Information Technology Systems and Services.
ITSS home

Transcript: Web Accessibilty, Images require alternative text

The following text is a transcript for the video: Images require alternative text by Mike West. https//w15y.com/

Mike West:

Hello internet. I'd like the next threeish minutes of your life to be dedicated to the necessity of alternative text for images on your webpages. I know that doesn't sound critical, but it is in fact quite important. Let's dive right in. Broadly speaking, there are two types of images on the web:

  • On the one hand, we have images that add visual flair to our websites but don't actually contain information.
  • On the other hand, we have images that are, in and of themselves, content.

It should be clear to all of us that the latter type of image requires alternative text. Information should always be textually available on a page to users who can't visually parse an image.

An image tag with this contextual information might look like this with the src, height, and width attributes set, all accompanied by an alt attribute containing some clever bit of text:

[Markup presented on screen]

<img src="./images/901d3n94t3.jpg"
  height="600"
  width="400"
  alt="Alternative text!">
Mike West:

That attribute associates additional semantic information with the image, which can be used by assistive technologies like screen readers in order to give a user who can't see the page some much needed context.

Let's see how that sounds. On this demo page, the first image here has an alt attribute. When I interact with it, the screen reader reads:

Screen Reader:

The Golden Gate Bridge!

Mike West:

"The Golden Gate Bridge".

Now I know what this image is, even though I can't see it.

Later, we'll talk more specifically about what sort of text you should write for what sorts of images. It's enough of a discussion to merit its own conversation. For now, I simply want it to be clear that you must write something, because the alternative is terrible.

Let's assume for a moment we didn't have that alt attribute on the image.

[Markup presented on screen]

<img src="./images/901d3n94t3.jpg"
  height="600"
  width="400">

What would a screen reader do in that situation? In short, it would do its very best to give you whatever context it could. The height and width are meaningless to a visually impaired user, so all it can run with is the image's name.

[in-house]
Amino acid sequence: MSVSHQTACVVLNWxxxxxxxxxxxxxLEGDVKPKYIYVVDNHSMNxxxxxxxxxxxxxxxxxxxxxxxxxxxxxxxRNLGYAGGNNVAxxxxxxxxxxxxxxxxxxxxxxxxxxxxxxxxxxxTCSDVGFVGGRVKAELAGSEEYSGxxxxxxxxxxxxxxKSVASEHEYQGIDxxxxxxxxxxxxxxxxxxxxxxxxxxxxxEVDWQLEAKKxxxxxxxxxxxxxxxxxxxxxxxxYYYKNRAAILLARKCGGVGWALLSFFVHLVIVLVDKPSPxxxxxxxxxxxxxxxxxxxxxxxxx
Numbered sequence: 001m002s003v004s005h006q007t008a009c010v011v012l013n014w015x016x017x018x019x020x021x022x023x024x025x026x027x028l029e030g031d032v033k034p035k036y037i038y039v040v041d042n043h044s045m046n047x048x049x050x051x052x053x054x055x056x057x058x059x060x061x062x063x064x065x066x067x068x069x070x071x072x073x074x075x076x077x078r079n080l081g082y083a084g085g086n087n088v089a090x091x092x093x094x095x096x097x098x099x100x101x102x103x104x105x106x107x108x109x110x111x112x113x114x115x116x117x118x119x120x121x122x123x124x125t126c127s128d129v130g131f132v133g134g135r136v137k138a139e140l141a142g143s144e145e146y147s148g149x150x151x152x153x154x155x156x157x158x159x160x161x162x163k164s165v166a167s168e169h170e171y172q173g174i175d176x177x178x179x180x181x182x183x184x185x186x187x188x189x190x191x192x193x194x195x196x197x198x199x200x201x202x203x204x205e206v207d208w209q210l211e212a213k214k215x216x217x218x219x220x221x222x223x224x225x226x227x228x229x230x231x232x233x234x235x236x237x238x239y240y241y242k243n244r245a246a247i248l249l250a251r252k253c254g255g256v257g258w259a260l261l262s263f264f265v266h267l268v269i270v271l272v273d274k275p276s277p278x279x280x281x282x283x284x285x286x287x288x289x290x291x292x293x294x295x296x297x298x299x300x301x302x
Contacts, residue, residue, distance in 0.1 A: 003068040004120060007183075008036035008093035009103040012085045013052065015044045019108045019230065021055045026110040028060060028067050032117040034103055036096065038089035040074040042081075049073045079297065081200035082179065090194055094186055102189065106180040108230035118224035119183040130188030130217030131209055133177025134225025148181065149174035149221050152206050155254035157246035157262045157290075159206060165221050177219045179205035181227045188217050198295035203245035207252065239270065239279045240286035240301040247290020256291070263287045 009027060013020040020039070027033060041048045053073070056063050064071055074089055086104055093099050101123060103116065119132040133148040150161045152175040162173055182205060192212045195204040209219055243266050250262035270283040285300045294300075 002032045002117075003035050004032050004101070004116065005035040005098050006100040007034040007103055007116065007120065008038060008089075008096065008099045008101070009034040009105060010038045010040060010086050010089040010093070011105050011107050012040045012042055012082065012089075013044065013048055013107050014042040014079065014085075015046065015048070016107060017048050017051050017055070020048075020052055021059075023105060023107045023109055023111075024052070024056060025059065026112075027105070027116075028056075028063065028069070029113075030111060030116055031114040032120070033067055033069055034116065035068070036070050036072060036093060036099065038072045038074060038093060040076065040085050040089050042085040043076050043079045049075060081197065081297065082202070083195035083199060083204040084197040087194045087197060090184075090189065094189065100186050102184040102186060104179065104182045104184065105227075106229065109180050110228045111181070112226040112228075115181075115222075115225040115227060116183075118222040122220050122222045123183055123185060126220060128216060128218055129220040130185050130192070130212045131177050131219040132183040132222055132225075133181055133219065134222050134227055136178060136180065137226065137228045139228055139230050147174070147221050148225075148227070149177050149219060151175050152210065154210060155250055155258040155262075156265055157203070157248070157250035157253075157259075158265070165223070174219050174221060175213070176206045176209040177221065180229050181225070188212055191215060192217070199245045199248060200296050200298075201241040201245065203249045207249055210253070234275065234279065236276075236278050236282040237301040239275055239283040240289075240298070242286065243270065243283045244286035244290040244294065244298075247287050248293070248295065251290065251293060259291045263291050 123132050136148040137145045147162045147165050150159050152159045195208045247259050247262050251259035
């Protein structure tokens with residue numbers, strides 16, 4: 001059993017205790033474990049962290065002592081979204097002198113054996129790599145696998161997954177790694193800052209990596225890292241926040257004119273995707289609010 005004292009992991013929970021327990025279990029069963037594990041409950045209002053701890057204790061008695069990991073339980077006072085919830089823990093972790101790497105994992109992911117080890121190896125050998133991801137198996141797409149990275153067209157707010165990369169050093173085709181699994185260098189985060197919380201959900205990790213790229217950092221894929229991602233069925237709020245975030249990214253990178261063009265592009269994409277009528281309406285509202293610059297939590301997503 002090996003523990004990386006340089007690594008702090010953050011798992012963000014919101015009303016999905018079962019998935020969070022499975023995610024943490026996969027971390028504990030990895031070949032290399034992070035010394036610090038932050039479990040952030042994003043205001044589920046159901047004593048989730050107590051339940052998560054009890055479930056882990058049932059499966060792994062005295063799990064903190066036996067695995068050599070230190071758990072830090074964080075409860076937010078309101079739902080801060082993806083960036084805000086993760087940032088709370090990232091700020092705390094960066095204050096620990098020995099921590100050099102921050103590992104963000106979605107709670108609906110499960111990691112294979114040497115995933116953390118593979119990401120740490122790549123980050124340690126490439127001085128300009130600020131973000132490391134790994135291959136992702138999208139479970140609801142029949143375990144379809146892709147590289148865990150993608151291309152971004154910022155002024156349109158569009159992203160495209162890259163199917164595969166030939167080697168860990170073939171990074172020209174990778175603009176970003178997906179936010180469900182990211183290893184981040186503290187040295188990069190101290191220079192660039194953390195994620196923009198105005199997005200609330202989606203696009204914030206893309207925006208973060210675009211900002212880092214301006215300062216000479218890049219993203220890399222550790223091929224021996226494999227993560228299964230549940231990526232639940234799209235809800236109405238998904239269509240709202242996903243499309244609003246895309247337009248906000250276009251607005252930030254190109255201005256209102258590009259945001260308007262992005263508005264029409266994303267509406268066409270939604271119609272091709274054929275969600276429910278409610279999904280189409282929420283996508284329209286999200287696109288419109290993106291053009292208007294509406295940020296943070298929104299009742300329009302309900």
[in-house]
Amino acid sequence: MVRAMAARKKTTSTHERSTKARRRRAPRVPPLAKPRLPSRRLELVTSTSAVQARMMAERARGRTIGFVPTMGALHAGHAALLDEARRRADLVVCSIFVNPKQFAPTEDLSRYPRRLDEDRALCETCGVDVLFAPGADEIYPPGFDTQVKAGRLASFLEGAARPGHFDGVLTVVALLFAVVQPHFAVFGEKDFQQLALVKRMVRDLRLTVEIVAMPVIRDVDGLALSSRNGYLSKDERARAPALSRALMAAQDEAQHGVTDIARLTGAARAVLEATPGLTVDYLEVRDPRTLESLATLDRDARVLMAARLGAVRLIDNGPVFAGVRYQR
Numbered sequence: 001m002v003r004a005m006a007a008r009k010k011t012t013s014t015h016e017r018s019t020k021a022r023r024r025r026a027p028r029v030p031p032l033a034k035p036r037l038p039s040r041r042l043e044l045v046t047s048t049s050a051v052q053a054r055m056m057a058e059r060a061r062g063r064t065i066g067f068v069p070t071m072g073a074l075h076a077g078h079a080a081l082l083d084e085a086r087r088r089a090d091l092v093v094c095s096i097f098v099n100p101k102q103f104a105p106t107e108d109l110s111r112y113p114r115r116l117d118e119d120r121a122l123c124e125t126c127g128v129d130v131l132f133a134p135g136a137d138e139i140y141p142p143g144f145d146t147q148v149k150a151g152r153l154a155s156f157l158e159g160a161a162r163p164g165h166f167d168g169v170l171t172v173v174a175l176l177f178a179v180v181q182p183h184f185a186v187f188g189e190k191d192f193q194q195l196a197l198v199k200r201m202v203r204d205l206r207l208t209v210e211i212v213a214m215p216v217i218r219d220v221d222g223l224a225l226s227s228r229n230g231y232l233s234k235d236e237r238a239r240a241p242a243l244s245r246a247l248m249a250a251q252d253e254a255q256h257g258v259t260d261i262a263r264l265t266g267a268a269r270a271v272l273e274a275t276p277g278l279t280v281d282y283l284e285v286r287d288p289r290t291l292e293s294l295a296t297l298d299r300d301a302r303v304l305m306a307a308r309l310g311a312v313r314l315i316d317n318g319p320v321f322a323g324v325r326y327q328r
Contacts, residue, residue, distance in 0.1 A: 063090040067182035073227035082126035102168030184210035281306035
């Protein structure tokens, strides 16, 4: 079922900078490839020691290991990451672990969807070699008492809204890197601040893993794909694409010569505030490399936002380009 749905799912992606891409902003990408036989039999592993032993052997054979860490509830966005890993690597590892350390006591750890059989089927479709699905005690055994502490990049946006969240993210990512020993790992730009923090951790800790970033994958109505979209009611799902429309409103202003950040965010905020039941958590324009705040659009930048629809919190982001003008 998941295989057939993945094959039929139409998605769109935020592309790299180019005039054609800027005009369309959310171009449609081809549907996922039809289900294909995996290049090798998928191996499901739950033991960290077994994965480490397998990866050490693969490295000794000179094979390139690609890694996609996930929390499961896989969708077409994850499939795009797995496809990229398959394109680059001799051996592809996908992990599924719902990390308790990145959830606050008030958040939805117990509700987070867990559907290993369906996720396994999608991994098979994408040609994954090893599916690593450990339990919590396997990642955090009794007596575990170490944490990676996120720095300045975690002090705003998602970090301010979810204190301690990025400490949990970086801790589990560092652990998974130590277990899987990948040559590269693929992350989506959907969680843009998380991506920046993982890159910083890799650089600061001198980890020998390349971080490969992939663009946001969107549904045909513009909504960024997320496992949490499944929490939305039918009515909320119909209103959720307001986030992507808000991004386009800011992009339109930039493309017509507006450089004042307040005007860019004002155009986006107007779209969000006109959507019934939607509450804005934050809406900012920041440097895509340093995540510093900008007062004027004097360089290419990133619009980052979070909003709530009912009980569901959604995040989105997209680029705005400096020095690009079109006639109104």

Let's hear how that sounds:

Screen Reader:

Nine zero one D three N nine four T three. Image.

Mike West:

This is horrible experience, especially as image names are increasingly unlikely to be useful as we move more and more to systems that automatically generate images of different sizes on the fly. Having meaningless strings of numbers read out is one of the single best ways to frustrate your users, and drive traffic away from your sites.

All images require alternative text, period.

But what about that first type of image? Decoration without semantic meaning often does end up as image tags on our pages, and we don't really want to have alternative text like "decorative bar" read out to visually impaired users, that simply isn't helpful.

In that case, you actually still need an alt attribute, but you should explicitly set it to the empty string.

An empty alt attribute is an entirely different thing from a missing alt attribute.The empty attribute says "I've thought about this. This image is purely decorative. Please ignore it". The screen reader will follow your implicit advice, skipping over the image entirely when reading the page.

The third image here demonstrates that:

[Markup presented on screen]

<img src="./images/decoration.jpg" 
  height="600" 
  width="400" 
  alt="">

[Click]

I'll interact with it, but we hear nothing. The screen reader simply doesn't read this image, we've told the screen reader that it's meaningless.

So, in summary:

  • Every image requires alternative text.
  • Purely decorative images should contain an empty alt attribute so that they're skipped over.
  • Informative images should contain a meaningful textual equivalent.
  • And no images at all should be left completely without an alt attribute.

For more more dissusion of accessibilty on the web visit us at w15y.com, that's w15y.com.